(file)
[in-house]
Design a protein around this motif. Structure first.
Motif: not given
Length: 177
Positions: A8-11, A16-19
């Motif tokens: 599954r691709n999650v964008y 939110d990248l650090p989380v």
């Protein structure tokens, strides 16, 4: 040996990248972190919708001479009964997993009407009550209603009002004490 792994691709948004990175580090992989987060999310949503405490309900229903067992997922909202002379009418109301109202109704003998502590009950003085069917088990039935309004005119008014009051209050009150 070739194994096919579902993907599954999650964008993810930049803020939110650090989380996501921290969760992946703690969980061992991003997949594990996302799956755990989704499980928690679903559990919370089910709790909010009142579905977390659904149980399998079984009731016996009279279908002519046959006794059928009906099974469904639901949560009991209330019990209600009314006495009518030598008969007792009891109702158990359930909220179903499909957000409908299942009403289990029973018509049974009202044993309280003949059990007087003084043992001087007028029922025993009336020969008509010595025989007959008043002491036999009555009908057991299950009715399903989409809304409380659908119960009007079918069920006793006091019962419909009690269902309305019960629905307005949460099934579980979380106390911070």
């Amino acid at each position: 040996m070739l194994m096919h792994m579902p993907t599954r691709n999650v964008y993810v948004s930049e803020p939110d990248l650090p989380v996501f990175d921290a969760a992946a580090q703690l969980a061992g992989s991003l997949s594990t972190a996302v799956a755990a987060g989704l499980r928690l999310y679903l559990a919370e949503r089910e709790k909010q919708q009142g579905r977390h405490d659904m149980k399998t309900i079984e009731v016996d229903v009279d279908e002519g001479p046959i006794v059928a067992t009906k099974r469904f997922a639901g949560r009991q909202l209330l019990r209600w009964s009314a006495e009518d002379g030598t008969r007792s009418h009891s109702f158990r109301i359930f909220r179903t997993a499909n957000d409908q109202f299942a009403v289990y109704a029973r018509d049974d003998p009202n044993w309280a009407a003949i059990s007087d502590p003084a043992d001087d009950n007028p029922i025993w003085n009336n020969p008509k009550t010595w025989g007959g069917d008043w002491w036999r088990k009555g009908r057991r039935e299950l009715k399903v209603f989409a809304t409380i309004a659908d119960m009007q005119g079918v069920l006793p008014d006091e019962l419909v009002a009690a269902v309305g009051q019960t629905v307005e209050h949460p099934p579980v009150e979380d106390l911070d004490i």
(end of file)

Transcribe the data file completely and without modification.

[in-house]
Design a protein around this motif. Structure first.
Motif: not given
Length: 177
Positions: A8-11, A16-19
């Motif tokens: 599954r691709n999650v964008y 939110d990248l650090p989380v």
């Protein structure tokens, strides 16, 4: 040996990248972190919708001479009964997993009407009550209603009002004490 792994691709948004990175580090992989987060999310949503405490309900229903067992997922909202002379009418109301109202109704003998502590009950003085069917088990039935309004005119008014009051209050009150 070739194994096919579902993907599954999650964008993810930049803020939110650090989380996501921290969760992946703690969980061992991003997949594990996302799956755990989704499980928690679903559990919370089910709790909010009142579905977390659904149980399998079984009731016996009279279908002519046959006794059928009906099974469904639901949560009991209330019990209600009314006495009518030598008969007792009891109702158990359930909220179903499909957000409908299942009403289990029973018509049974009202044993309280003949059990007087003084043992001087007028029922025993009336020969008509010595025989007959008043002491036999009555009908057991299950009715399903989409809304409380659908119960009007079918069920006793006091019962419909009690269902309305019960629905307005949460099934579980979380106390911070």
């Amino acid at each position: 040996m070739l194994m096919h792994m579902p993907t599954r691709n999650v964008y993810v948004s930049e803020p939110d990248l650090p989380v996501f990175d921290a969760a992946a580090q703690l969980a061992g992989s991003l997949s594990t972190a996302v799956a755990a987060g989704l499980r928690l999310y679903l559990a919370e949503r089910e709790k909010q919708q009142g579905r977390h405490d659904m149980k399998t309900i079984e009731v016996d229903v009279d279908e002519g001479p046959i006794v059928a067992t009906k099974r469904f997922a639901g949560r009991q909202l209330l019990r209600w009964s009314a006495e009518d002379g030598t008969r007792s009418h009891s109702f158990r109301i359930f909220r179903t997993a499909n957000d409908q109202f299942a009403v289990y109704a029973r018509d049974d003998p009202n044993w309280a009407a003949i059990s007087d502590p003084a043992d001087d009950n007028p029922i025993w003085n009336n020969p008509k009550t010595w025989g007959g069917d008043w002491w036999r088990k009555g009908r057991r039935e299950l009715k399903v209603f989409a809304t409380i309004a659908d119960m009007q005119g079918v069920l006793p008014d006091e019962l419909v009002a009690a269902v309305g009051q019960t629905v307005e209050h949460p099934p579980v009150e979380d106390l911070d004490i």